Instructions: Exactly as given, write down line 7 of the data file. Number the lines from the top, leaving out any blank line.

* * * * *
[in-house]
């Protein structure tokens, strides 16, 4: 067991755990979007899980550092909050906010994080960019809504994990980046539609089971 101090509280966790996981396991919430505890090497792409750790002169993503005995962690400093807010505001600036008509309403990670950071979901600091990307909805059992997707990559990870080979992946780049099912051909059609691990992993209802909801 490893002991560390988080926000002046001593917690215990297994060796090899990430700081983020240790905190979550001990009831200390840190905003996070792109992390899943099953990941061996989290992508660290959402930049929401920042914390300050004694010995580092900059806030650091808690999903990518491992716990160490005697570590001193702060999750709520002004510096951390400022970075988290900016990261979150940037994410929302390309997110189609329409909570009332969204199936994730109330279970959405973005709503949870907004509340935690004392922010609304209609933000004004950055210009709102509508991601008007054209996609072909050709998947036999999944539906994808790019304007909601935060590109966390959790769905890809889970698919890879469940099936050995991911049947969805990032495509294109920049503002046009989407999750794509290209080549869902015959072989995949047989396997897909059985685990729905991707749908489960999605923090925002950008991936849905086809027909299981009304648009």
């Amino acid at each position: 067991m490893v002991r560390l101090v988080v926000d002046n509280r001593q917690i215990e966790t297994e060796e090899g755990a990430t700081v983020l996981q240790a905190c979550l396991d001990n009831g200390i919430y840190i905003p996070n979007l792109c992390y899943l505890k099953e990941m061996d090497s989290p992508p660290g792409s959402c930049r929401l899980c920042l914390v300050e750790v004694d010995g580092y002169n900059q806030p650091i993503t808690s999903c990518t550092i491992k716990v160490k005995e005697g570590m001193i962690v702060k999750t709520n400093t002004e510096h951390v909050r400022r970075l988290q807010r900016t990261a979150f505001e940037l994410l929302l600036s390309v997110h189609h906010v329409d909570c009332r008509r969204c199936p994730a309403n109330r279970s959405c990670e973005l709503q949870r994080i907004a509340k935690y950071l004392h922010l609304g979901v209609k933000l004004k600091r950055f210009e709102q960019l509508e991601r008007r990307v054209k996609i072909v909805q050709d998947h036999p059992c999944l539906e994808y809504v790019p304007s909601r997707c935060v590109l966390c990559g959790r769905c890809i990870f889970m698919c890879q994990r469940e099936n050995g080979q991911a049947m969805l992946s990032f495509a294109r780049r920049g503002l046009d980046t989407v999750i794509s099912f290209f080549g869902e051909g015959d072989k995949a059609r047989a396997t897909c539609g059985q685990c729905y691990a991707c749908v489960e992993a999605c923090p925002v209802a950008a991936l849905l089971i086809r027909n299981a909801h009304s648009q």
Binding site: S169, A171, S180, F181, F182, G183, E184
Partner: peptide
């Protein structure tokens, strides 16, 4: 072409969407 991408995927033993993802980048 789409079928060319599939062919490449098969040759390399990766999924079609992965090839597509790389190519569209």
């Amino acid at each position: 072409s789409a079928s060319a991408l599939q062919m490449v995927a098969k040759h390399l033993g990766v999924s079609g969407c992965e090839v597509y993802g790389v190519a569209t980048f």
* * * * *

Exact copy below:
């Amino acid at each position: 072409s789409a079928s060319a991408l599939q062919m490449v995927a098969k040759h390399l033993g990766v999924s079609g969407c992965e090839v597509y993802g790389v190519a569209t980048f």